There are different methods of applying primary coding, which is a series of alphanumeric characters or codes that can be applied directly to packaging, including paper, plastics, glass, and steel.
Used for track and trace and serialization, primary coding has two important factors: cost per mark and speed at which the mark can be applied. In the food and beverage industry, there are different ways to apply primary coding, which are continuous inkjet, thermal inkjet, and laser. Each, of course, have pros and cons when it comes to cost, resolution, and throw distance—which is how far the print head can be from the product.
Continuous inkjet (CIJ), printers cost between $6,000-$13,000, have a resolution of about 64 dpi, and a ½-inch throw distance. It’s good for round or recess surfaces when product control is not as critical. The CIJ also often requires service, making the cost per month a combination of ink, makeup solution, and maintenance.
Thermal inkjet (TIJ) has a median capital cost of between $1,000-$2,000 per printer, a resolution of 1,200 dpi horizontally, and a 1/8-inch throw distance, which means round objects are a challenge to print on. But TIJ can print small text and large graphics at same speed. And speed can be enhanced with interlaced cartridges. TIJ also require little to no maintenance as the cartridge is the print head which just needs to be replaced.
Lasers cost between $20,000-$30,000 (with a lifespan of up to 40,000 hours) for CO2 lasers and $30,000-$50,000 (with a lifespan of up to 100,000 hours) for fiber lasers. It uses ablation, so there is no resolution, and throw distance has a 4-to-6-inch range. Message speed depends on what is being printed. Lasers are not universal and must be matched to the substrate, which means packagers may not find a single laser to handle all of their needs.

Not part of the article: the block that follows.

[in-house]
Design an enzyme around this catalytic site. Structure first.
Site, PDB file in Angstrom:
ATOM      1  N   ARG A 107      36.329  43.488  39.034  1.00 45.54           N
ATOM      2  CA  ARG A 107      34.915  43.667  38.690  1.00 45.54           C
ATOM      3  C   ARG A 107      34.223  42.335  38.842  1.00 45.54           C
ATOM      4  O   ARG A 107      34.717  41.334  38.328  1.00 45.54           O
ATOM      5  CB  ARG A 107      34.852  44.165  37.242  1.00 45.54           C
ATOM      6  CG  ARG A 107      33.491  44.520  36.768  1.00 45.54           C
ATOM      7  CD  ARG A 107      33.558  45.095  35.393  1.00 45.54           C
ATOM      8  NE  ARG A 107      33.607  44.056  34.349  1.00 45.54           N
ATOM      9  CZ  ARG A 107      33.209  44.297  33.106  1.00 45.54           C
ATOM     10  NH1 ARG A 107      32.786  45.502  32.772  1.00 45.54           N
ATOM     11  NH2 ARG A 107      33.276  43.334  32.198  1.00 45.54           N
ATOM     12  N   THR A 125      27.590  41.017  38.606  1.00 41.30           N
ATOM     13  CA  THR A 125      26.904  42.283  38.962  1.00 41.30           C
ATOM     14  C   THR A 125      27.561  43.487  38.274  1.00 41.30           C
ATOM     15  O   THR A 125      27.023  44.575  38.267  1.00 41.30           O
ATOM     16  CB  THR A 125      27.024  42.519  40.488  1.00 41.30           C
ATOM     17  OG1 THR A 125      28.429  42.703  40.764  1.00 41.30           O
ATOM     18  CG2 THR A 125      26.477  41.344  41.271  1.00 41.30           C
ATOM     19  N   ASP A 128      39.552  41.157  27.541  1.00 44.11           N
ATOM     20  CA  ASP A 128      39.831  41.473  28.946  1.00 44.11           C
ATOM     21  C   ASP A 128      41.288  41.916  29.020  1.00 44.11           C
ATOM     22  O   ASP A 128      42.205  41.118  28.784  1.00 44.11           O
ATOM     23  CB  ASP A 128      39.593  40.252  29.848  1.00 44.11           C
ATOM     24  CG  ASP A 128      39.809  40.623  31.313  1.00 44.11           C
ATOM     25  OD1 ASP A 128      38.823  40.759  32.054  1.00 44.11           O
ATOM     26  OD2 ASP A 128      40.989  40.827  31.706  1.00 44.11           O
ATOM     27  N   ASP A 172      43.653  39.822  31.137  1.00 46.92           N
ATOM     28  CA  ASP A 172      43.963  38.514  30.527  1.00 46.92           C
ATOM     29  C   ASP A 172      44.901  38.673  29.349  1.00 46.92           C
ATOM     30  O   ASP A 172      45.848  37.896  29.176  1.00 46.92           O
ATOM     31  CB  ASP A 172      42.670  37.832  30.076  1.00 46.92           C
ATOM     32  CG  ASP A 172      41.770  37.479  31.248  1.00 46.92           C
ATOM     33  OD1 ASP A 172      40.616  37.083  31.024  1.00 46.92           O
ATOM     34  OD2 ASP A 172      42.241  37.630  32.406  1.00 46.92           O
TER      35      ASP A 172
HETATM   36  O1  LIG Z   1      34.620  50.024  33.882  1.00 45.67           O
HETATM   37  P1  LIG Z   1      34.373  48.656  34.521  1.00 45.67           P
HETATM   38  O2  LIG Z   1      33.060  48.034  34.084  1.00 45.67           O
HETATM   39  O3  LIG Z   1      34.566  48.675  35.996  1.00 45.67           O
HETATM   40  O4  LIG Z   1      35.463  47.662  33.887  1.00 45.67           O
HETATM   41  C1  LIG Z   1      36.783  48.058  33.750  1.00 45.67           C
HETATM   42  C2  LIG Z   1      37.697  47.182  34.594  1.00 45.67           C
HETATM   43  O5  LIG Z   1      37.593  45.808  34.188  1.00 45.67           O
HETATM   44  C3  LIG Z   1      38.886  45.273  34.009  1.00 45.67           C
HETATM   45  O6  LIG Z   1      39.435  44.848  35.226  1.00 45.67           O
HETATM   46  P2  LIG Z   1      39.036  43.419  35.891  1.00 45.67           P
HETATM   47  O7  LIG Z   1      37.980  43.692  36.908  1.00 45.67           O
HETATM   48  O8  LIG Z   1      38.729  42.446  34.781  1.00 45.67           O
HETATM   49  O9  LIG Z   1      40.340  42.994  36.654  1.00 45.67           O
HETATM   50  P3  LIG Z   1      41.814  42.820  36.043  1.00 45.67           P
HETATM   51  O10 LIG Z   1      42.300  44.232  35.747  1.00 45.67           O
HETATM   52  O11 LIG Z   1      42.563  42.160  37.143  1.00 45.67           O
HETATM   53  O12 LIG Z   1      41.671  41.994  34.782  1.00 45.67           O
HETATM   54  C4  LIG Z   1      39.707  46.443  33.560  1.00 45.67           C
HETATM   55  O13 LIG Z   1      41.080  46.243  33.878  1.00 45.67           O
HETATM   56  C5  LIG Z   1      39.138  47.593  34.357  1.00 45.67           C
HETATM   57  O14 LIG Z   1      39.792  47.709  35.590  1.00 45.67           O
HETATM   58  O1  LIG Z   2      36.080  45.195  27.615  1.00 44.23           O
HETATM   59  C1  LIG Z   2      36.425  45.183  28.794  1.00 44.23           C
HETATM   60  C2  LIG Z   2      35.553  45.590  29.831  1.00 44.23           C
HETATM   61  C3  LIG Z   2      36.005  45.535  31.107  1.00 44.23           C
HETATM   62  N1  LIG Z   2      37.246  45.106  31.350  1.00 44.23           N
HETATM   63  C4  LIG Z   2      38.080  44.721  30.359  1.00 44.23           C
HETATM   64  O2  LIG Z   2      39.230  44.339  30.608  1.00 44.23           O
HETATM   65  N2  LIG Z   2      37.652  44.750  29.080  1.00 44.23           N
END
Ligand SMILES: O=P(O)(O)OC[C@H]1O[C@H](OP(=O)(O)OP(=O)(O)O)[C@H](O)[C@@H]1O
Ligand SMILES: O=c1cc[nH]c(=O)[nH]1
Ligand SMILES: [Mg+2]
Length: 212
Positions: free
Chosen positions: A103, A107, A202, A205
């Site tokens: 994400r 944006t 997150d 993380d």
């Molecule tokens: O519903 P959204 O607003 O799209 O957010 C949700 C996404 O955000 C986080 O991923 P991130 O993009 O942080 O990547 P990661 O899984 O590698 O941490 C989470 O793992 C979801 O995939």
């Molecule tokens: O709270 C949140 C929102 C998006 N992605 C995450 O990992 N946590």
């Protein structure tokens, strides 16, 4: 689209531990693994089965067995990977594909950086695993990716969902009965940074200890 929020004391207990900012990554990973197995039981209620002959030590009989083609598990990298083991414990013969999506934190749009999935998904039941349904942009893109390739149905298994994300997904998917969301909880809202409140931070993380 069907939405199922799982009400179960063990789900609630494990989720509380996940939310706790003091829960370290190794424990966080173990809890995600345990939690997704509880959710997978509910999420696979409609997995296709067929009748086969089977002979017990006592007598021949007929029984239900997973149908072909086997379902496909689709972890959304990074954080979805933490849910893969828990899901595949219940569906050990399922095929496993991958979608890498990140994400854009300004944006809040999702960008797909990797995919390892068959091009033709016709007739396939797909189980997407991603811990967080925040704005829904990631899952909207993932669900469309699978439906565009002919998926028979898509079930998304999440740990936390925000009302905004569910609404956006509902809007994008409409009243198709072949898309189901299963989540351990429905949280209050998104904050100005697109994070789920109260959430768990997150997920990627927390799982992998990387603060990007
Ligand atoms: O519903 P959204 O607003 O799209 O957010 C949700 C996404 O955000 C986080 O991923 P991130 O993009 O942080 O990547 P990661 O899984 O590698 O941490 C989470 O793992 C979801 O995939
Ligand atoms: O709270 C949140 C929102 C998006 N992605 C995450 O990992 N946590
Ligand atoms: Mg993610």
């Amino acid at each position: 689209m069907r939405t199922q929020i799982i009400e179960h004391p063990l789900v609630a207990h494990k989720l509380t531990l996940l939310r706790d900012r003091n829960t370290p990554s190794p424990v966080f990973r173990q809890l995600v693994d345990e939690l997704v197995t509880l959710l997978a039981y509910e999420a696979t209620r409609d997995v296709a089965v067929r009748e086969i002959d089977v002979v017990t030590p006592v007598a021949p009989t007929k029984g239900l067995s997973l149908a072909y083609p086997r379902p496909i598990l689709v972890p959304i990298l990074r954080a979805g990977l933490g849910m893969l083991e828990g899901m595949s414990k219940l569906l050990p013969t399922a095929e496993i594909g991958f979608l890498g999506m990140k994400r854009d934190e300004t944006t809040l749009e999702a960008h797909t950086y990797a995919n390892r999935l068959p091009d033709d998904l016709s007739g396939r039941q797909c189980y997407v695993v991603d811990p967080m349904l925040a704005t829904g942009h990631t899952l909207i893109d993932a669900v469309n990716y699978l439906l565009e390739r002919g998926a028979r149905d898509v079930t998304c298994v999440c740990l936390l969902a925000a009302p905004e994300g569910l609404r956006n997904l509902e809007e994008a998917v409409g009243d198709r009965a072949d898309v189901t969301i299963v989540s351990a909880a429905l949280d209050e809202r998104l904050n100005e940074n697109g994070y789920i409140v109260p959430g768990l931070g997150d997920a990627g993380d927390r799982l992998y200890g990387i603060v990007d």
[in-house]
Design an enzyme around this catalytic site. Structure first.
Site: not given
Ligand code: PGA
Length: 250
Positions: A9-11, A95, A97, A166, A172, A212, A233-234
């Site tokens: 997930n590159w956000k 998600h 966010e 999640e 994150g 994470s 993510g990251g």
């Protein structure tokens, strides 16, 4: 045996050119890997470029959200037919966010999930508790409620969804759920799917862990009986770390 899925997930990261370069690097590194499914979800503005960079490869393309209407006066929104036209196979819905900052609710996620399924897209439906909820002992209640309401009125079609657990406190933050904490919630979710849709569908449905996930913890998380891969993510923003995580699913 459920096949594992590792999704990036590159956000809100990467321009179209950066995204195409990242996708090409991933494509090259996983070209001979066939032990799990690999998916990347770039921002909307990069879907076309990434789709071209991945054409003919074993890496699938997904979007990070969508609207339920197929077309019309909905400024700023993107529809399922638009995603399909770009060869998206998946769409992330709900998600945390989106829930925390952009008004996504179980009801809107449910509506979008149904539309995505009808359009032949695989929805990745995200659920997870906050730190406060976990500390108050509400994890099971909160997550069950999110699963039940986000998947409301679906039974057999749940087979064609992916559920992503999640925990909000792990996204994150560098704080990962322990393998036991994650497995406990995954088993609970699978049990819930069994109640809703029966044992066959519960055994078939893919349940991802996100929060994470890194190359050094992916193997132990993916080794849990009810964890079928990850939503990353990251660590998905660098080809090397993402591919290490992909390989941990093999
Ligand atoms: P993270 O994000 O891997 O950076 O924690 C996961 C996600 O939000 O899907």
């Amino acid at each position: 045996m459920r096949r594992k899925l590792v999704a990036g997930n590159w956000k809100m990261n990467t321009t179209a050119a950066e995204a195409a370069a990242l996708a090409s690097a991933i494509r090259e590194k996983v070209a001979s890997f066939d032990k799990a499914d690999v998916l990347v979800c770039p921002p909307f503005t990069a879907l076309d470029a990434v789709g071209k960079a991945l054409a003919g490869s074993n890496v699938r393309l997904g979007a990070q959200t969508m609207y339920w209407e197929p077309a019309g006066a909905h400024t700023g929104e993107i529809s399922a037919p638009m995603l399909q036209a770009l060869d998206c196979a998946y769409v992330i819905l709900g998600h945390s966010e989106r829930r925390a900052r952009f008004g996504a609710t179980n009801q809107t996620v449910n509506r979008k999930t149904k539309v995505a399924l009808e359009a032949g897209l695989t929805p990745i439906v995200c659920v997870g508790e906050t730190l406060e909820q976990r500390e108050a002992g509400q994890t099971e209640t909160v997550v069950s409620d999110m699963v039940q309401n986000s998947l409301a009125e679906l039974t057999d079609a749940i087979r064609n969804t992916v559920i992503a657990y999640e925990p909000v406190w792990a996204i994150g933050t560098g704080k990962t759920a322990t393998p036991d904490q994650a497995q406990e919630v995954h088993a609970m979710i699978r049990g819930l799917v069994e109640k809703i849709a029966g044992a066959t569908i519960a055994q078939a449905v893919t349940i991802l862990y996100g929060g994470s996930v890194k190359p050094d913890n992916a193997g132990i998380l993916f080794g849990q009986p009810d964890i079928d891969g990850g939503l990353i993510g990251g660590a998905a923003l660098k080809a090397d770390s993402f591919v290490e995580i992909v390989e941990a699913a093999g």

Based on the printer landscape, Matthews Marking Systems says that thermal inkjet can play a larger role in primary coding, particularly due to its ability to print 2D codes at high speeds. This plays into a megatrend in the manufacturing industry that moves beyond just track and trace and serialization requirements and considers another emerging area, called “market feedback,” that takes into account customers with a smartphone who use QR codes on products to engage with the manufacturer.
To that end, robust bulk systems and rumors of long throw cartridges emerging are overcoming the inherent obstacles of TIJ. At PACK EXPO Connects, Matthews Marking's global product manager Raymond Fortuna explained the company's unique approach to bulk systems, introducing what it calls the Active Bulk Ink System (ABIS), which uses computer processors, sensors, and accelerometers to ensure accurate performance.
ABIS has two pieces, the main unit is a series of valves all mounted to the processor that is constantly delivering ink to the cartridges. And the cartridge sensor module is an individual unit, always monitoring the cartridge conditions. Atmospheric changes can affect the internal make up of cartridge, but the ABIS’ use of a series of sensors and processors ensure that, as the environment changes, the delivery of the ink changes as well.
To view the Matthews Marking demos (available through March 31, 2021), and to add Matthews to your MyConnects Planner, click here.